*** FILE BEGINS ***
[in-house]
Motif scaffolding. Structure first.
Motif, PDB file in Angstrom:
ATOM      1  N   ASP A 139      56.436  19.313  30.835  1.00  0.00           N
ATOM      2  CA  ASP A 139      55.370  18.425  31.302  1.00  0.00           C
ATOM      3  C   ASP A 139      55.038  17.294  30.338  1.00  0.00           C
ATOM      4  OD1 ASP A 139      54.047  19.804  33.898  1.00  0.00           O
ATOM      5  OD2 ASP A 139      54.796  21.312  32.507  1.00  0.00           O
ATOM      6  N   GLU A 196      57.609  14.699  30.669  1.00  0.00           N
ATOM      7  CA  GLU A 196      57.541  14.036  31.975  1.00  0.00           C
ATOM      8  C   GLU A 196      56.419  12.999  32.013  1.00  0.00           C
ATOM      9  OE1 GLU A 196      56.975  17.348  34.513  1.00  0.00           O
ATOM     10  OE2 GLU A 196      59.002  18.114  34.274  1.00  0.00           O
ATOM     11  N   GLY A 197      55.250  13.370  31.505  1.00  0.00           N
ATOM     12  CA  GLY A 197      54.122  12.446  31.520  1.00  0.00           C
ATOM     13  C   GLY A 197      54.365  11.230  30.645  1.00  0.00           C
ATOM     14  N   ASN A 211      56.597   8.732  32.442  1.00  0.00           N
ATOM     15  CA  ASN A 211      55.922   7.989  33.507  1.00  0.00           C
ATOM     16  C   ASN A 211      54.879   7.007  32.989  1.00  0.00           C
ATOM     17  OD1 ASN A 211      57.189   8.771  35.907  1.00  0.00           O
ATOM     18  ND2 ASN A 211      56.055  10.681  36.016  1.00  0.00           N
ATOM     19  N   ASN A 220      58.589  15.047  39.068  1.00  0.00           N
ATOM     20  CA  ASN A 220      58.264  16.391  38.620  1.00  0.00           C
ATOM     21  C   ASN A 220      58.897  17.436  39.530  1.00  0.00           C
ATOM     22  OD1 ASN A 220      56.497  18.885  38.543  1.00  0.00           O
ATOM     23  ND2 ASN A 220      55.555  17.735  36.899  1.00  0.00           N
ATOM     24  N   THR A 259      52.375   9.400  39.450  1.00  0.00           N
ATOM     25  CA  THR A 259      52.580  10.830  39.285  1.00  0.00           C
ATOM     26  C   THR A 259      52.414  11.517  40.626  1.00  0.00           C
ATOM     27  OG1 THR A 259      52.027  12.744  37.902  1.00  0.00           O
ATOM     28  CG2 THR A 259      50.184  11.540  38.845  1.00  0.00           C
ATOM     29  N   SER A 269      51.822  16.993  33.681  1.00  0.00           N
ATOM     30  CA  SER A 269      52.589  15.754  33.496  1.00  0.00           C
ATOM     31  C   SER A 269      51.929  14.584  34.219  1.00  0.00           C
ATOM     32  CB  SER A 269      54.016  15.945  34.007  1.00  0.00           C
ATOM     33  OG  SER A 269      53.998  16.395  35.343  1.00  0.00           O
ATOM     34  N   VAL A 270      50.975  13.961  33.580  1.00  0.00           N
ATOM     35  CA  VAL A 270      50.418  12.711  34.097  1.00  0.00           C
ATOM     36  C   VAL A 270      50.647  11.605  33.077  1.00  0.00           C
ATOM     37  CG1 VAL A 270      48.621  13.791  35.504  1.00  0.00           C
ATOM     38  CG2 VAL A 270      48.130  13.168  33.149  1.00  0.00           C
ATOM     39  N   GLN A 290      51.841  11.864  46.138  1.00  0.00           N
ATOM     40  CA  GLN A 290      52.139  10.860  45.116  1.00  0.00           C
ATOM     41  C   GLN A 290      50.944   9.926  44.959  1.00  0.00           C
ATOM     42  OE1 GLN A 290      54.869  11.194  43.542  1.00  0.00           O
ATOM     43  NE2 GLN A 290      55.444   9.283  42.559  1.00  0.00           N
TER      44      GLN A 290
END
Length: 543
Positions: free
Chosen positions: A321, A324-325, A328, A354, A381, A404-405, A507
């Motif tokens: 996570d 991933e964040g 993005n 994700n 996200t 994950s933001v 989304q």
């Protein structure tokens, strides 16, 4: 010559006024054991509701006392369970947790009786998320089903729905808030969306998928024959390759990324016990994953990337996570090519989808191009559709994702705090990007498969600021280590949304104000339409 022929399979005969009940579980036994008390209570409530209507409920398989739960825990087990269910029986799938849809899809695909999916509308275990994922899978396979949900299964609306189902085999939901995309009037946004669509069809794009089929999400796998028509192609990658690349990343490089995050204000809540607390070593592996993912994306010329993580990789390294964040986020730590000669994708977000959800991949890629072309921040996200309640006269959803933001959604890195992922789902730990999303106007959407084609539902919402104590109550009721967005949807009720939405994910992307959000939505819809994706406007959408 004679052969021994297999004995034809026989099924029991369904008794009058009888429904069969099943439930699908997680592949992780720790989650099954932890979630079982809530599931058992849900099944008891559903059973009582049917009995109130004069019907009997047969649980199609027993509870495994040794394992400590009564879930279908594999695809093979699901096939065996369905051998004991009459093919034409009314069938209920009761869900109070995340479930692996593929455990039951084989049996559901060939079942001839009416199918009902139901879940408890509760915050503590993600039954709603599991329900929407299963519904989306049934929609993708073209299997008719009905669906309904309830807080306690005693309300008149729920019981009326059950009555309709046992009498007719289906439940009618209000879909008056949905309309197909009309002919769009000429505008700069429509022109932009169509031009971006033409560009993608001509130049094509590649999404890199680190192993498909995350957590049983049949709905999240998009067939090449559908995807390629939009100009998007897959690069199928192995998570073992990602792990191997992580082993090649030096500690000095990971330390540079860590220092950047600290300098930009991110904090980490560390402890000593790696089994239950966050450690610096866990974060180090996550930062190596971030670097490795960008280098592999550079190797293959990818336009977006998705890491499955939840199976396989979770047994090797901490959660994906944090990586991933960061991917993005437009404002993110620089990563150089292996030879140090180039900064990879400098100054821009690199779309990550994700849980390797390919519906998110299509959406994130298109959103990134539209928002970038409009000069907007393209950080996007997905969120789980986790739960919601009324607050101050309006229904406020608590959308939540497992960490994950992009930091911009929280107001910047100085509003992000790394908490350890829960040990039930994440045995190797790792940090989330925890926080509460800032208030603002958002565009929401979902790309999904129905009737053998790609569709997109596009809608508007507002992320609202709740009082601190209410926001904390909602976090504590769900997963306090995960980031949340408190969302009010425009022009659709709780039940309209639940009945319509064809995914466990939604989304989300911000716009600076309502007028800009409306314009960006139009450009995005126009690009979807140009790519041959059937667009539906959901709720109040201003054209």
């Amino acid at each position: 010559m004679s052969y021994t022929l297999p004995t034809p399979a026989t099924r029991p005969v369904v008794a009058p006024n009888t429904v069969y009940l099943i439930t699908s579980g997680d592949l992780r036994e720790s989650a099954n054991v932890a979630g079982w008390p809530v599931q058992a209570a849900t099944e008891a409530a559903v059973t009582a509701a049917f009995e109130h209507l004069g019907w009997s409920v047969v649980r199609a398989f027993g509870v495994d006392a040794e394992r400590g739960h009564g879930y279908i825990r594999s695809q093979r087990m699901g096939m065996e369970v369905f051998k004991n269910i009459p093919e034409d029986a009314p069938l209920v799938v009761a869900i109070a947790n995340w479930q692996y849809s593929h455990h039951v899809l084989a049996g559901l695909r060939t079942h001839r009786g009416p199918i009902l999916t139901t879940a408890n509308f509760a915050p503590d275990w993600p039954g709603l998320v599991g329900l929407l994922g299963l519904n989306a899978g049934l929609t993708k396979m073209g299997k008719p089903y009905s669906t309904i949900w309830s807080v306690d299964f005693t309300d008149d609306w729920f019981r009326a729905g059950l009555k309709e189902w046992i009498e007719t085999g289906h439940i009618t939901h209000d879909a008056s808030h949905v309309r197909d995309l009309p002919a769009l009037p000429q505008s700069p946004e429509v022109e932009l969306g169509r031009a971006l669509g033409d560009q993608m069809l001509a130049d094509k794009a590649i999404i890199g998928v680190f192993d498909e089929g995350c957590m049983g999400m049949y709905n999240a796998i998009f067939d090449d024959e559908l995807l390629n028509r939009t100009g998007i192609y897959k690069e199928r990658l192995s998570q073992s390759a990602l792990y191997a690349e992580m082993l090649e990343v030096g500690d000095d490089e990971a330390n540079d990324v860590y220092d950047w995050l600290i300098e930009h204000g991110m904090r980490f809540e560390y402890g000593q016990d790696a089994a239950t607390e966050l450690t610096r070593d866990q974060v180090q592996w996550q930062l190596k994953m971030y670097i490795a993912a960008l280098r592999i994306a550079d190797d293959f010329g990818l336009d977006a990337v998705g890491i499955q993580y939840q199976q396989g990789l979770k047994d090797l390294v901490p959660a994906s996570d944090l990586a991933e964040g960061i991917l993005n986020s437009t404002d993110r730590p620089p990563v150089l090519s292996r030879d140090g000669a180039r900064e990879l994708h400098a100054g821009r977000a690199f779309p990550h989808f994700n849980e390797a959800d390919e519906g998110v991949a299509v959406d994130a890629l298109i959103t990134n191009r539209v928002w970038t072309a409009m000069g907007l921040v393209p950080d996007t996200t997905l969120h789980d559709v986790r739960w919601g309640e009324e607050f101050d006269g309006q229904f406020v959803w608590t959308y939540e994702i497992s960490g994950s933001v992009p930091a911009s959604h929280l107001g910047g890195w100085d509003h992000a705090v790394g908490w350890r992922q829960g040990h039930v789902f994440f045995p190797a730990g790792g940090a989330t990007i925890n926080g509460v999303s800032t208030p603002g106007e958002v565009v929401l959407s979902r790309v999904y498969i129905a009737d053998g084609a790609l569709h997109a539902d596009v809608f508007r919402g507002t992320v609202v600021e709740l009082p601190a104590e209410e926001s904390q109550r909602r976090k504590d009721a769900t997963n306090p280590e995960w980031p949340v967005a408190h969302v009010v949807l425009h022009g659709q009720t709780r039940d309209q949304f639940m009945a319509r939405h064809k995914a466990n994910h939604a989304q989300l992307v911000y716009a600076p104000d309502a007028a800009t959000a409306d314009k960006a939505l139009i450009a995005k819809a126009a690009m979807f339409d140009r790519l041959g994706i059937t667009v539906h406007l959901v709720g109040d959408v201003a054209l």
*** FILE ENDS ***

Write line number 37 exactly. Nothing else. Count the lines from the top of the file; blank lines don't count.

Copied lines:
ATOM     34  N   VAL A 270      50.975  13.961  33.580  1.00  0.00           N